Sport Participation and Play: How to Get More Australians Moving

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Participation and Play Policy Evidence Brief

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Physical activity is good for health, and participation in sport is known to be one of the best ways to be physically active.  Participation in sport – and particularly in organised club-based team sport – is known to contribute to positive physical and psychosocial health above and beyond individual-based physical activities.  Participation in sport in school and early adult years is also an important contributor to continuing engagement in recreational physical activity in later years.

This policy paper is intended to contribute to the development of policy support for participation in sport at all ages and in all communities in Australia. 

Physical inactivity in modern populations and communities is now recognised as a major contributor to the high rates of preventable chronic diseases across the world and Australia is no exception.  One in two Australians has a chronic disease; increasing proportions and numbers of people have two to four chronic conditions and it is estimated that one-third of the burden of these diseases is preventable.  Adults and young people in Australia have low to very low rates of physical activity and lower rates of participation in sport. More Australians now watch sport than participate in sport. Compared with previous generations, Australia’s population now has much lower rates of physical activity and, in parallel, rising rates of obesity, preventable chronic diseases and mental health concerns. Encouraging population wide participation in community sport is recognised as one of the most direct and effective measures to lift physical activity rates at all ages. 

This paper responds to, and proposes policy objectives and strategies to support effective implementation of, the aims of Sport 2030, Australia’s first national sports plan, which was released in mid-2018 and is described as “a comprehensive plan to reshape the face of Australian sport and build a healthier, more physically active nation” [1]. Sport 2030 recognises that participation in ‘sport for all’ is a significant challenge that is important to the health of the nation as well as to pathways to elite sport.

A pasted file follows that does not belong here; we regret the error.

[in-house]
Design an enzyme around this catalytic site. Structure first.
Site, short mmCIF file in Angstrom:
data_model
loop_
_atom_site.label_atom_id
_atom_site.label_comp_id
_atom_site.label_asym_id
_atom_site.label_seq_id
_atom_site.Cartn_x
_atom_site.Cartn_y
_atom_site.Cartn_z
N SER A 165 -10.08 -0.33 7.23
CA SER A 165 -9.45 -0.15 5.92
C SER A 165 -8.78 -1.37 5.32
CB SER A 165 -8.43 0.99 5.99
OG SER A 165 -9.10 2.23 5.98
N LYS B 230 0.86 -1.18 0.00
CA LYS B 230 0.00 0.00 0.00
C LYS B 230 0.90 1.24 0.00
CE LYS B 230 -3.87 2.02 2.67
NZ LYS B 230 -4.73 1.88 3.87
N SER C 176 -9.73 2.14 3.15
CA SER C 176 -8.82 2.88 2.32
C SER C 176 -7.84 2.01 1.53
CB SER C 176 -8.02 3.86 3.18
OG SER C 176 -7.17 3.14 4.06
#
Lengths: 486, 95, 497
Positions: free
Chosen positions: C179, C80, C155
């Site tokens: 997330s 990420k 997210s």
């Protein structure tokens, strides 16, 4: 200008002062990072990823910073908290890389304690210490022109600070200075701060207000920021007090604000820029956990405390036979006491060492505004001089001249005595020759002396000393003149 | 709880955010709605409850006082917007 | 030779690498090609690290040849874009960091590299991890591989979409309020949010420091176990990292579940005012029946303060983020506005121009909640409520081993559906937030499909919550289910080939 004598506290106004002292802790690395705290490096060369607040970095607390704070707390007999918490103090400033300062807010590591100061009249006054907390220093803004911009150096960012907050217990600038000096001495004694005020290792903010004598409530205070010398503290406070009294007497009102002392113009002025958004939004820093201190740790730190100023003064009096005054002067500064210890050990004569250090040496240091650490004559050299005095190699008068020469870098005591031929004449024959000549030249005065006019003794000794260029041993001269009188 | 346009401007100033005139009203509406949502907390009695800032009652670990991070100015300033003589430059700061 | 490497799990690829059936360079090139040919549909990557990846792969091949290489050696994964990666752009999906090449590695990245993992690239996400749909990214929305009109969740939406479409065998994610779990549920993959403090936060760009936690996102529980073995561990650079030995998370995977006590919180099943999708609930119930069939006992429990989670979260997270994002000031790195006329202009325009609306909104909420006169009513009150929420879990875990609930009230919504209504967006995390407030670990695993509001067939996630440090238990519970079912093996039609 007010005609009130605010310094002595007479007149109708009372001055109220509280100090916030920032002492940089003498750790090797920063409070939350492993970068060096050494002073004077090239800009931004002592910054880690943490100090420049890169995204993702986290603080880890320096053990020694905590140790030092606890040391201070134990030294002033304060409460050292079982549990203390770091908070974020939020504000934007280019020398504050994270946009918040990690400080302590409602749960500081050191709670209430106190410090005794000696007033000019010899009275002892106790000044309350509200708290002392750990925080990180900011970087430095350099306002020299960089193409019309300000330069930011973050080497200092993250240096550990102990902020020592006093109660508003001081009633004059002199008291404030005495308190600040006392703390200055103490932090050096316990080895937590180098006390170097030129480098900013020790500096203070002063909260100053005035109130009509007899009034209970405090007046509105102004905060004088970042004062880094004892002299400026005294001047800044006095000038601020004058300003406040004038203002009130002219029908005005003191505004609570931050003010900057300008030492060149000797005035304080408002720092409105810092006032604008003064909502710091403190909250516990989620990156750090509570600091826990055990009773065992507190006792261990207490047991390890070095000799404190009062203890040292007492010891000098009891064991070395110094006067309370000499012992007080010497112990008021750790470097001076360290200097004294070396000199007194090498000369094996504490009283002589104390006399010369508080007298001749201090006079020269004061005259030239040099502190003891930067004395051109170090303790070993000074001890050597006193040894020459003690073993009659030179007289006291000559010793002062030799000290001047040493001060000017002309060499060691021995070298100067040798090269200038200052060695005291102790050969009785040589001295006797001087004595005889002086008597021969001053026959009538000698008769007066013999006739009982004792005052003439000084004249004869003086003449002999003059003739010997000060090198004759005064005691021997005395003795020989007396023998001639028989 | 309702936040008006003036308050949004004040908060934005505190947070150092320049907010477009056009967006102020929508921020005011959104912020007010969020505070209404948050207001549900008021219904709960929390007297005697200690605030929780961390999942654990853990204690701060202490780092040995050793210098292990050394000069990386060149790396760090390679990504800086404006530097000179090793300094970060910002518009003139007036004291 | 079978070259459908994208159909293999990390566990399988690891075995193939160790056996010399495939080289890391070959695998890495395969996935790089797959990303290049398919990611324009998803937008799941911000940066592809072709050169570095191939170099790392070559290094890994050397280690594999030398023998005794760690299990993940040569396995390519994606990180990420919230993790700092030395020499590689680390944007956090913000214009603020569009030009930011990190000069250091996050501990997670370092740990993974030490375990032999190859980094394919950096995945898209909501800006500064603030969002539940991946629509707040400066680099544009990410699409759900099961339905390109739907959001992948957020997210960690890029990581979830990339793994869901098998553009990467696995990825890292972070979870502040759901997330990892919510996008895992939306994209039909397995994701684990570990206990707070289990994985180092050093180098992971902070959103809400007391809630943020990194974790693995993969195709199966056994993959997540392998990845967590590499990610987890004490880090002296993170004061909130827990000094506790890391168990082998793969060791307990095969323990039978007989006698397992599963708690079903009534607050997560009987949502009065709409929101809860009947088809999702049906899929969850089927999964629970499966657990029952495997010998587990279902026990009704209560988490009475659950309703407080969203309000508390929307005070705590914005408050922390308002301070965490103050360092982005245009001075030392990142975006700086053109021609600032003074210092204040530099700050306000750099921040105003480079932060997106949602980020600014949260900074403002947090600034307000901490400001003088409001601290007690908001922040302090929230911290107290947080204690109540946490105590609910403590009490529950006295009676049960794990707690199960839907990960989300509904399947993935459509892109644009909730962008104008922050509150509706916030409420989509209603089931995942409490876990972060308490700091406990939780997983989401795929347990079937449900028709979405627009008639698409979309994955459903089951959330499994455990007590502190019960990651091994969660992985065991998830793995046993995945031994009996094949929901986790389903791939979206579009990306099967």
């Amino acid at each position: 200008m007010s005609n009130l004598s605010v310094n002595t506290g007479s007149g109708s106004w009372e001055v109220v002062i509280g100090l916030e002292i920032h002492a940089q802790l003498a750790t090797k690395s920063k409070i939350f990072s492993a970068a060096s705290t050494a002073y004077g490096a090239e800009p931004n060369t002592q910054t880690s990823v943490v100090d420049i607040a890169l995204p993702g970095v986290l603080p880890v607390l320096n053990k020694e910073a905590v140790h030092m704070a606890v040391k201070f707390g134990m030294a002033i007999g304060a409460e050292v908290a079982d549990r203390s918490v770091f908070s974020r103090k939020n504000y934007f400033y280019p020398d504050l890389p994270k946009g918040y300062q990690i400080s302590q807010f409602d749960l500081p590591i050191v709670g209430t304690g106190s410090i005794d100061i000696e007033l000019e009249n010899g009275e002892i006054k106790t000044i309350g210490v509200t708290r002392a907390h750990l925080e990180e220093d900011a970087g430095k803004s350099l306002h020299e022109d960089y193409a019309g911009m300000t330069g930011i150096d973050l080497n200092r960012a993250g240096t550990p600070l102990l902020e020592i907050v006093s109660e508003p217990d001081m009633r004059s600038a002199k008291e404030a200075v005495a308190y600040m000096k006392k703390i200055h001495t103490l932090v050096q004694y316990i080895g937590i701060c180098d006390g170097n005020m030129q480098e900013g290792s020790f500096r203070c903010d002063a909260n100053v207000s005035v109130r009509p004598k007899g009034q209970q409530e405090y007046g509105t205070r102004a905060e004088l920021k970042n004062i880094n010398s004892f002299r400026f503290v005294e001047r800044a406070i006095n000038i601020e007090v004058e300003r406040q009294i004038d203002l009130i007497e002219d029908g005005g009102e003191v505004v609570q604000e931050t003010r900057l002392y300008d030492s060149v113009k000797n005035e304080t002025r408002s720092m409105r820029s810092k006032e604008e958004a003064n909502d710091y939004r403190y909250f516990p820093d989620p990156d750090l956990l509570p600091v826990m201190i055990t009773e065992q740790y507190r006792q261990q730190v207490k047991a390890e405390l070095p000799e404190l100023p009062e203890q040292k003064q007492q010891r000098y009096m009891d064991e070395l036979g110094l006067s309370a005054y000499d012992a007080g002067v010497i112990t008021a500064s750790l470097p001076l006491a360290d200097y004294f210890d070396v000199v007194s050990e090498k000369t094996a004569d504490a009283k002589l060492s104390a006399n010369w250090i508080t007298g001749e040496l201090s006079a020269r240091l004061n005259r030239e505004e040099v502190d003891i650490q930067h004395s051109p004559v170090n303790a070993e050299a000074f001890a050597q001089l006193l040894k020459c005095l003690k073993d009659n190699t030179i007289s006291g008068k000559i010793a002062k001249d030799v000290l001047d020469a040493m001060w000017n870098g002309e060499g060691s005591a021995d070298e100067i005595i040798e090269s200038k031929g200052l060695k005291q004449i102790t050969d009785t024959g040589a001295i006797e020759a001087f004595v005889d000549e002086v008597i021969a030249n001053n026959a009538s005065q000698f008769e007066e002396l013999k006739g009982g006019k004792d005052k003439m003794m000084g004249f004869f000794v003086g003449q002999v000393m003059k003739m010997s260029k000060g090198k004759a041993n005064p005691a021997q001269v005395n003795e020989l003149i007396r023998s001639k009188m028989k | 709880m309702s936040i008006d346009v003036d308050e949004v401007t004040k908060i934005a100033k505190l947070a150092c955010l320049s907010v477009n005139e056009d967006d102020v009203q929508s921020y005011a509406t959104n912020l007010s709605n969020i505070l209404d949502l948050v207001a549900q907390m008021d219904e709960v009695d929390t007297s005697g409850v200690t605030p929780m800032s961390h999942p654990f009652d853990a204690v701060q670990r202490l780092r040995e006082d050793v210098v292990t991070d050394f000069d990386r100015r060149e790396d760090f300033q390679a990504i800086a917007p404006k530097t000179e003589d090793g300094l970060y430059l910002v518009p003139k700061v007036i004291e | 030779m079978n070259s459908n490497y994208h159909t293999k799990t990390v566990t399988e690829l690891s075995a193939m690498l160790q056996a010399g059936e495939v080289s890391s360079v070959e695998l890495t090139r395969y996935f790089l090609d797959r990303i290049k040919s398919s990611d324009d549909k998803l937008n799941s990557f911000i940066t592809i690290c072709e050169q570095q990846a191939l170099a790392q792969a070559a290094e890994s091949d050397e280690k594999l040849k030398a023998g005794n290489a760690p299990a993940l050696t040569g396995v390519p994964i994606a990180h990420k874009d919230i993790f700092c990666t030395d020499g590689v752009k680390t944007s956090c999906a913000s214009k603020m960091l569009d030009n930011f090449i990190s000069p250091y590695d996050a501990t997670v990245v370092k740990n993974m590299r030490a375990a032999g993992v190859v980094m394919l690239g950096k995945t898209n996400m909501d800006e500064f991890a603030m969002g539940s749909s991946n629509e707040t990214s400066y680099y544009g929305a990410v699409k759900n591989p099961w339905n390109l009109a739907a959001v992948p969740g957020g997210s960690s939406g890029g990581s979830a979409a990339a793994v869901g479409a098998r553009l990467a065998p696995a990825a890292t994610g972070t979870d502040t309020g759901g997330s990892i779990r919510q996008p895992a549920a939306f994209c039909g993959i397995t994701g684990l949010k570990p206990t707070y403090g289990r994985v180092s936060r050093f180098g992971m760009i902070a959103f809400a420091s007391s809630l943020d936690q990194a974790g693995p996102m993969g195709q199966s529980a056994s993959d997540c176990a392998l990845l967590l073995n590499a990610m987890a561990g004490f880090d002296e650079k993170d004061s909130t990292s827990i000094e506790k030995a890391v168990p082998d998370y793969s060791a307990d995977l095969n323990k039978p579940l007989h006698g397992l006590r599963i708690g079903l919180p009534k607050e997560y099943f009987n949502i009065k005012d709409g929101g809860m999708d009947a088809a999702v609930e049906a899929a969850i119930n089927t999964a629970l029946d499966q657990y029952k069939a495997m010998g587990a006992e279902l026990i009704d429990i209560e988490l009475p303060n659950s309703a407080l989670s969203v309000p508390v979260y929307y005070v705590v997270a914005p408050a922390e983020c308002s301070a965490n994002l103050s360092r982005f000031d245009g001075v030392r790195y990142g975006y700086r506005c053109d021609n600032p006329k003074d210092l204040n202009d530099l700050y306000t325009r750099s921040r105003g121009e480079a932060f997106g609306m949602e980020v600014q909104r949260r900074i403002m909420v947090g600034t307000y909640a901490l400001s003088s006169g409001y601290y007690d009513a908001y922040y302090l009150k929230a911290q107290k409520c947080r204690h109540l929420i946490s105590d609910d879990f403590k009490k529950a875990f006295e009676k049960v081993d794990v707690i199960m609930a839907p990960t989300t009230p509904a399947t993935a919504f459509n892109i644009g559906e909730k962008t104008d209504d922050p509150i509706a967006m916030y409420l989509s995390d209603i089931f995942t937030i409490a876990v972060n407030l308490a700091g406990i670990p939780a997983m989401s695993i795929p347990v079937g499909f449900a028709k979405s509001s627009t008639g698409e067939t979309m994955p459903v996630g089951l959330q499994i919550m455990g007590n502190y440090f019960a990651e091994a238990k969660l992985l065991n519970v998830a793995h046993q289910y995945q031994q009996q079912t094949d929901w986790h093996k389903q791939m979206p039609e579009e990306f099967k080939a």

Sport policy in Australia

The first federal government sport portfolio was established in 1972 and, through the next 45 years, the focus of national sport policy has generally been on investment in and support for elite sport and athletes. In the mid 1990s, national sport policy began to take on an additional focus of improving population health outcomes.

State and territory governments support both elite and community sport. The Sport and Recreation Ministers’ Council (more recently referred to as the Meeting of Sport and Recreation Ministers) established the first National Sport and Active Recreation Policy Framework in 2010 [2].  This framework has guided the development of sport policy across Australia and has included as a priority increasing community (sport) participation. Each state and territory government has also developed strategic policies reflecting the key principles of the National Sport and Active Recreation Policy.

Sport 2030 recognises that participation in ‘sport for all’ is a significant challenge that is important to the health of the nation as well as to elite sport [1].

Sport 2030 provides a new framework for sport policy in Australia and aims to “encourage more Australians to be involved in sport and physical activity, from childhood through to senior years, so they receive the health and social benefits participation delivers” [1].

Sport 2030 has identified current and future barriers to sport participation. These include:

  • people opting for sport and physical activities that are flexible and less organised;
  • the use of digital technology (among young and older groups);
  • the rise in sedentary or low-activity lifestyles;
  • screen time;
  • lack of sporting facilities and inefficient use of existing facilities; and
  • supporting sporting clubs to stay relevant.

Redressing these barriers to encourage sport participation throughout the community will require both investment and action from all levels of governments, the sport industry and the establishment and strengthening of new and existing partnerships to achieve the vision proposed in Sport 2030.

This policy paper has been prepared by an expert working group of sport, physical activity and health experts, working through the Australian Health Policy Collaboration, a national network of health and public policy experts supported by the Mitchell Institute at Victoria University, Melbourne. 

The paper has collated evidence of effective participation policies and implementation strategies both within Australia and internationally that support improved population health outcomes and proposes a suite of evidence-informed policy measures that would directly contribute to the aims of Sport 2030. This paper also considers how sport and health policy can and should complement each other in stimulating and facilitating increased participation in sport and increased levels of physical activity for better health across all ages.